London — city of famous bridges — has just approved the construction of one more viaduct across the Thames. But this is not just any point-A-to-point-B piece of infrastructure — this bridge will be a destination of its own: an actual park lofted high above the river.
The bridge will connect North London’s Temple neighborhood to the South Bank, supporting 2 million pounds of dirt, 270 trees, and presumably hundreds of tourists. It will feature meandering paths, shady nooks, and outlooks on the city. Pending final approval from London’s mayor, construction is slated to begin late next year, and wrap up in 2018.
In a weird mashup of celebrity influences, the bridge was initially proposed by actress Joanna Lumley nearly 15 years ago, as a tribute to Princess Diana. It was designed by star architect Thomas Heatherwick (of recent Olympic torch fame), and — here’s the crowning gem — inspired by Leonardo DiCaprio’s king-of-the-world moment at the prow of the Titanic. (That this massive project of civic engineering and human ambition takes cues from the most infamous of bungled engineering-slash-ambition of the previous century may not be the MOST ideal comparison, but never mind that.)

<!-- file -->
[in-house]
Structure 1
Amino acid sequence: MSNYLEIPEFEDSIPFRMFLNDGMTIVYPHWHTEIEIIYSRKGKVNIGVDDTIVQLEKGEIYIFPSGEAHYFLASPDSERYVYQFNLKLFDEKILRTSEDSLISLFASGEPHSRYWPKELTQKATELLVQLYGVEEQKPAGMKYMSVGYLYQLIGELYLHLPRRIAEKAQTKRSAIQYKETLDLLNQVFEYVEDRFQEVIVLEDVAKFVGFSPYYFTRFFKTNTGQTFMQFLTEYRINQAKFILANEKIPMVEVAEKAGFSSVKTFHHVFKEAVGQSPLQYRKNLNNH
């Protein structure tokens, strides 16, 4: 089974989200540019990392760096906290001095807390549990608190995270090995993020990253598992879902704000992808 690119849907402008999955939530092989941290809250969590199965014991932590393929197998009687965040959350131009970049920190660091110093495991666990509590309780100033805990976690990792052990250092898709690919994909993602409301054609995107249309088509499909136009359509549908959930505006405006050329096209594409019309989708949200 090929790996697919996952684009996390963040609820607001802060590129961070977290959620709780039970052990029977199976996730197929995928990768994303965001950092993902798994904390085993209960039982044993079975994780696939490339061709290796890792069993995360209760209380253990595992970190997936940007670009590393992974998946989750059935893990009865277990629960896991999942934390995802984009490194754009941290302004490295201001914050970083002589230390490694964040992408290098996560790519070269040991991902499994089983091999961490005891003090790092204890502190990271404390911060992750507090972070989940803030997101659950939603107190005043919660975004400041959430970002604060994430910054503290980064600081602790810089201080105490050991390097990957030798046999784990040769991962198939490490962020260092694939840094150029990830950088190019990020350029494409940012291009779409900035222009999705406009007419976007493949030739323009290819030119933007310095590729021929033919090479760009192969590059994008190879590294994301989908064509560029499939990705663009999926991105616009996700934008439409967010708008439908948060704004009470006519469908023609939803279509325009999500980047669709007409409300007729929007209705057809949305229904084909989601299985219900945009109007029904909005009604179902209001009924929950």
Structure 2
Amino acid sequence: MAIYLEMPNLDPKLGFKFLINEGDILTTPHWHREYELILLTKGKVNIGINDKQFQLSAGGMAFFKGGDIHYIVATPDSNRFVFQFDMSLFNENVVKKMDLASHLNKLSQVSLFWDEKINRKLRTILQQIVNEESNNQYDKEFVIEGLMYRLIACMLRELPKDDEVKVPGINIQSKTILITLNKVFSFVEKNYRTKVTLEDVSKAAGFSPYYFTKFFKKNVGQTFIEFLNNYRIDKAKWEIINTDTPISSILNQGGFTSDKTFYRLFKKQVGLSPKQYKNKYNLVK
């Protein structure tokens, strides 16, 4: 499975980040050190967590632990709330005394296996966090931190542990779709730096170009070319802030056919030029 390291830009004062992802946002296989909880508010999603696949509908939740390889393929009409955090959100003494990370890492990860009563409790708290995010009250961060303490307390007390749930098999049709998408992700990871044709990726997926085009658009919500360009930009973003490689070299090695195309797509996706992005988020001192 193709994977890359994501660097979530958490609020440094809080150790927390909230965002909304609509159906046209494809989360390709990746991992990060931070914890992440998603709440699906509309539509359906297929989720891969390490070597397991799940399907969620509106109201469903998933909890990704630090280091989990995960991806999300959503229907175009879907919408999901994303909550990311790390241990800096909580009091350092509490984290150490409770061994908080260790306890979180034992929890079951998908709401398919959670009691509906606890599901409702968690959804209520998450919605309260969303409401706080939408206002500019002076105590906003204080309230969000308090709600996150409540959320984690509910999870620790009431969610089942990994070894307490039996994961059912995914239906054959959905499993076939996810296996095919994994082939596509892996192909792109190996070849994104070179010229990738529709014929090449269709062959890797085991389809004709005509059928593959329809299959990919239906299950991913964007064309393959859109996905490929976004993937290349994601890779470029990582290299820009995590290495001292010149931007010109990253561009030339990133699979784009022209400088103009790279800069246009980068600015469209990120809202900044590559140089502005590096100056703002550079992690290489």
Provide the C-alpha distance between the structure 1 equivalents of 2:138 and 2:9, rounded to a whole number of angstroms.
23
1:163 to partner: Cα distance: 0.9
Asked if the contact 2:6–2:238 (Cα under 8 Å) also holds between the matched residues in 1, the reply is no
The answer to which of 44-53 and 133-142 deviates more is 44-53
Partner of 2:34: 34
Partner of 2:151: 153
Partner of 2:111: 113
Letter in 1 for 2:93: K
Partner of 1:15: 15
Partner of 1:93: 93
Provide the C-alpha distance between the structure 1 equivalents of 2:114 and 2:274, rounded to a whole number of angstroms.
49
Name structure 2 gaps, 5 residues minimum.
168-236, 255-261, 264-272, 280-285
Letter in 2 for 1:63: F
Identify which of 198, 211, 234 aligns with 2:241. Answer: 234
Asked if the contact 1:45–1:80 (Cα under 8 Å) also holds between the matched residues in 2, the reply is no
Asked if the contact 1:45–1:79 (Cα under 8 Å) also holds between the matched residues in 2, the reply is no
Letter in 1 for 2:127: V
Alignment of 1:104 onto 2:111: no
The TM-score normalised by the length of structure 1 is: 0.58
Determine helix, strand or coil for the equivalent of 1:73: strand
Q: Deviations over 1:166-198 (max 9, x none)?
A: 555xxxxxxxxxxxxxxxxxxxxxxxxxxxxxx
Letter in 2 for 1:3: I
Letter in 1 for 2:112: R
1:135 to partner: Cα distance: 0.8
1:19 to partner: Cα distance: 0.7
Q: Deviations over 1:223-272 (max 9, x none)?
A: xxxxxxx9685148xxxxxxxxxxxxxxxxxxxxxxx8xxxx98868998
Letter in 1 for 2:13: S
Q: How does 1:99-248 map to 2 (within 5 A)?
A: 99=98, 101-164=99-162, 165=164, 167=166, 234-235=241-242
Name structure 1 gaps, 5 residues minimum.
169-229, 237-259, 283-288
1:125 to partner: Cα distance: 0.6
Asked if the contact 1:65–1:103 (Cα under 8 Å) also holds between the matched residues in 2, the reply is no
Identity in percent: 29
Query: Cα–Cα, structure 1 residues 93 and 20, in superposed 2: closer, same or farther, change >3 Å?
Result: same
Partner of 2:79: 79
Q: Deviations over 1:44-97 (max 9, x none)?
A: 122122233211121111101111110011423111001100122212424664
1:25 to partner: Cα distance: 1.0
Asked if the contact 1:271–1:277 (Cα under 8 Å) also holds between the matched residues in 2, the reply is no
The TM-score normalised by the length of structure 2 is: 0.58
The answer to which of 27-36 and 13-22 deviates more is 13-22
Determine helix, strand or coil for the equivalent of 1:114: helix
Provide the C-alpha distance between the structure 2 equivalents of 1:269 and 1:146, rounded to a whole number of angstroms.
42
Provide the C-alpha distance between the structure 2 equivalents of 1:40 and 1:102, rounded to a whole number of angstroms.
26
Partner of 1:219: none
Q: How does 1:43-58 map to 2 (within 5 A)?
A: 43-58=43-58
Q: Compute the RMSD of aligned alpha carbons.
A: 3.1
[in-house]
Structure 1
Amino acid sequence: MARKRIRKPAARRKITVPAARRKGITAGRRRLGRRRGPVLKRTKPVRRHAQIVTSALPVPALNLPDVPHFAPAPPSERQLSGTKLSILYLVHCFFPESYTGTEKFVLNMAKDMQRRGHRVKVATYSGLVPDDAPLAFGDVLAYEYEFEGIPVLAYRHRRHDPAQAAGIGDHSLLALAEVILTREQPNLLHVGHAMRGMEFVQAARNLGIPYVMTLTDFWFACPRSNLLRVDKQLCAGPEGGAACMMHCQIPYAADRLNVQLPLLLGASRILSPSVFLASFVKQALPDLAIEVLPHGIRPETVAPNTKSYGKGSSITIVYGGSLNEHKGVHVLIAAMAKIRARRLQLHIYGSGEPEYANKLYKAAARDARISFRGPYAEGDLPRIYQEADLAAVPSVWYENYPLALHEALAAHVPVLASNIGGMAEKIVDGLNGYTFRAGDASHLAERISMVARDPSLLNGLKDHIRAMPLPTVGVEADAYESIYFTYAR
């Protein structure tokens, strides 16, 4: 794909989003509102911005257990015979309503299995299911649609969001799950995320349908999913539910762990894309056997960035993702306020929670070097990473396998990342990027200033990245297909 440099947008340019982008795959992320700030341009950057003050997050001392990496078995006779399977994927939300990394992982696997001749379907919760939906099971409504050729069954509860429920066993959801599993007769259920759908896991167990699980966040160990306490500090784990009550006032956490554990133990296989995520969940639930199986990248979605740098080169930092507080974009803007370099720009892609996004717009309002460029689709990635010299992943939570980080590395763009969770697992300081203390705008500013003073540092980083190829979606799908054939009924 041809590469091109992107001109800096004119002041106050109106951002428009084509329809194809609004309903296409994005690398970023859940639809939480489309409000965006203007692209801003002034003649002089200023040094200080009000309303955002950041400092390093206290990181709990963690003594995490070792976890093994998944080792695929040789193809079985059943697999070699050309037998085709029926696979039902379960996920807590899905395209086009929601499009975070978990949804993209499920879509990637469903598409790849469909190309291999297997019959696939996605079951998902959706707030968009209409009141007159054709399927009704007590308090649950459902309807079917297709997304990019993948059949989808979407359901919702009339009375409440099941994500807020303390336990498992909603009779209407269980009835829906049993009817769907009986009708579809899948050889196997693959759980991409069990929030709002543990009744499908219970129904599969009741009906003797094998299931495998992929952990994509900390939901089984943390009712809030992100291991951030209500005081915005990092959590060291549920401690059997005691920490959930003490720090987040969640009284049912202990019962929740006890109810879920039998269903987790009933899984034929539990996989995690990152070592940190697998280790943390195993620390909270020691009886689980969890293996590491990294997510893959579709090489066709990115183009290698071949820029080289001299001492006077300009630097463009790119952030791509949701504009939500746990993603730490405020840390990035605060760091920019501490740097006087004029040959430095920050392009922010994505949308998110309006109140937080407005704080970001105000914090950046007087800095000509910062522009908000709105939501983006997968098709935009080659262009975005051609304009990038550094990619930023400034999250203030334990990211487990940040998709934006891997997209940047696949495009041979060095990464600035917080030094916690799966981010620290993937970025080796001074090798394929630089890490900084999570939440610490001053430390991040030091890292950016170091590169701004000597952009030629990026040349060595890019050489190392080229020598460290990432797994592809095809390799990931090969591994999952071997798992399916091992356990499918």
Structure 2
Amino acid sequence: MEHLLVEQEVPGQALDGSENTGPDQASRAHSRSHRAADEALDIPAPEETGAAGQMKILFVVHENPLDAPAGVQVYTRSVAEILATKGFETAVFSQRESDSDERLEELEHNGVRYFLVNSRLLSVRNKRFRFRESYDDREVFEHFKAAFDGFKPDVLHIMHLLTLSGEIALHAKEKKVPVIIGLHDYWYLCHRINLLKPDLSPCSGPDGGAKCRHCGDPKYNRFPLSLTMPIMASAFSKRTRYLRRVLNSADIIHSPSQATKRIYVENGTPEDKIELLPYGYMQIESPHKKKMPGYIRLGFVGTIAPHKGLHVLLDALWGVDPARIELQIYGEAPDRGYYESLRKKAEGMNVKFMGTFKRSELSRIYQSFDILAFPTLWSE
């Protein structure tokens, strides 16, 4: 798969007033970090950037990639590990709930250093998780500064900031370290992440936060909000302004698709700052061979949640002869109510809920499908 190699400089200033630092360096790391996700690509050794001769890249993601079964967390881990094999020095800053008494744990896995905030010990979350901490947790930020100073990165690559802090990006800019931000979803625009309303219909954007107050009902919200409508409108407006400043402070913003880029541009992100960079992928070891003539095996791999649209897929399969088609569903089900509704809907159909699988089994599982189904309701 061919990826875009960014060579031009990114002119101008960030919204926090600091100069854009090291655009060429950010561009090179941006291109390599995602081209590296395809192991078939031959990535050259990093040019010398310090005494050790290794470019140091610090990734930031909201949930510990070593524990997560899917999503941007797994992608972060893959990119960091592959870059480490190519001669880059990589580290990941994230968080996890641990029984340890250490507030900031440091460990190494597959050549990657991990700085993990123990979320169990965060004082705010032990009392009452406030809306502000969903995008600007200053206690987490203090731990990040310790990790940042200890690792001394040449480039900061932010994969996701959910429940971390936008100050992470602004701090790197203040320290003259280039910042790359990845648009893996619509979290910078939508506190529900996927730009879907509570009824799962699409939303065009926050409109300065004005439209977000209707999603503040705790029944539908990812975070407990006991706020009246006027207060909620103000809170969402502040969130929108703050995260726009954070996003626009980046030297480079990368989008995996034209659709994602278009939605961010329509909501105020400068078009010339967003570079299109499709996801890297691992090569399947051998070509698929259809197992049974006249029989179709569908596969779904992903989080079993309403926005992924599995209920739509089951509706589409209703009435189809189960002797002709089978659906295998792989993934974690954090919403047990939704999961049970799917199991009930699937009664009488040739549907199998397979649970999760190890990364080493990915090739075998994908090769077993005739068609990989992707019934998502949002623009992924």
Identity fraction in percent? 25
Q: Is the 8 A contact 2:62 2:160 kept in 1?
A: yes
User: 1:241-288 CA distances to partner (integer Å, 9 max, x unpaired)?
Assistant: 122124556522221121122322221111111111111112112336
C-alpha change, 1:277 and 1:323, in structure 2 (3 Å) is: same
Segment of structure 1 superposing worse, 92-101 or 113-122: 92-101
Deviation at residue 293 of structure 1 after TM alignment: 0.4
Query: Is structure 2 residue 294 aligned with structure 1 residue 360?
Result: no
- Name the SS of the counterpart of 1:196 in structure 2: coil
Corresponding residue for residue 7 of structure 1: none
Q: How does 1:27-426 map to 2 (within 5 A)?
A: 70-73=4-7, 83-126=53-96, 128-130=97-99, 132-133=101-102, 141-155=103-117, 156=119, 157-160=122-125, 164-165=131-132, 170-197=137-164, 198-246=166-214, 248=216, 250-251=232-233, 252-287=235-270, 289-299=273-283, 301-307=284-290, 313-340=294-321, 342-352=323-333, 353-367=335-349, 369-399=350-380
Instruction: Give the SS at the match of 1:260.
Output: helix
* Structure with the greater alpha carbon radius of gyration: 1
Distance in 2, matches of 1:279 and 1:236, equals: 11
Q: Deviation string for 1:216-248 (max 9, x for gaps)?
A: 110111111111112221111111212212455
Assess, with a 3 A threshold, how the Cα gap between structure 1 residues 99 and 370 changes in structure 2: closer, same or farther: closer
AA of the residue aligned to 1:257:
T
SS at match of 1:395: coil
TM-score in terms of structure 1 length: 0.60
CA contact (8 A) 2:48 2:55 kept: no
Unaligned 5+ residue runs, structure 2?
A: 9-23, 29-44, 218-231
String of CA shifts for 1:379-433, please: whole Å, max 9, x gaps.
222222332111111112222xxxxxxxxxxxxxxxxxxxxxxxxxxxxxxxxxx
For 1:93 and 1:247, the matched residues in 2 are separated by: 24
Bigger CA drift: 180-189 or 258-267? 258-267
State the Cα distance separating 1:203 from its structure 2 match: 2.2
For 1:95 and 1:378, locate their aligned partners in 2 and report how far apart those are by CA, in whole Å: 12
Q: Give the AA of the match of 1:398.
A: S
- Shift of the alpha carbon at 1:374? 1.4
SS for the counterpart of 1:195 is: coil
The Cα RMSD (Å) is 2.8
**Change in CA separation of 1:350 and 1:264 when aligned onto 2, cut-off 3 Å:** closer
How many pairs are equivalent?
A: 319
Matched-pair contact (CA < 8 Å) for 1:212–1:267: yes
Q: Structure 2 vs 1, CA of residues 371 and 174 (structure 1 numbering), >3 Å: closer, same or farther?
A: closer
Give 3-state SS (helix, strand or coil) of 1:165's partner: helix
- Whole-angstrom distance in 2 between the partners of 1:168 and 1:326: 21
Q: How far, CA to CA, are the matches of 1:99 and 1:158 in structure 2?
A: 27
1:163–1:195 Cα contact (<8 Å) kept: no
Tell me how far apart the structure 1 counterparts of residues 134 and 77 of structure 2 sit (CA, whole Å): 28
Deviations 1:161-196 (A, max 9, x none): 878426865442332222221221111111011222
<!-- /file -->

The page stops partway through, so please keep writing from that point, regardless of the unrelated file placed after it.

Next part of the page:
It has been compared to the High Line, in New York, which takes credit for putting elevated urban parks on the map, but it looks more like something out of a J.M. Barrie playscape. On the website of the Garden Bridge Trust, the project is described as a kind of reimagining of the city itself: “Its ground breaking design will integrate a new kind of public space into the fabric of the city, adding to London’s rich and diverse horticultural heritage.”
To that, I’ll just add: So long as that “rich horticultural heritage” includes things like this edible staircase. In which case this weird bridge-park is right on track.
There is, of course, some controversy, mostly to do with the bridge’s steep price tag: an estimated $278.5 million, covered in part by public funds. Critics point out that money might be better spent on infrastructure or affordable housing than on a bridge connecting two well-to-do neighborhoods. The bridge’s limited capacity and the possibility of an entry fee may further restrict its utility.
Trust us, we know how bad things can get when you commit public funds to massive infrastructure projects. Still, if I can’t believe in a green, pedestrian-friendly urban future where garden bridges are the beautiful norm, I don’t know what’s worth believing in.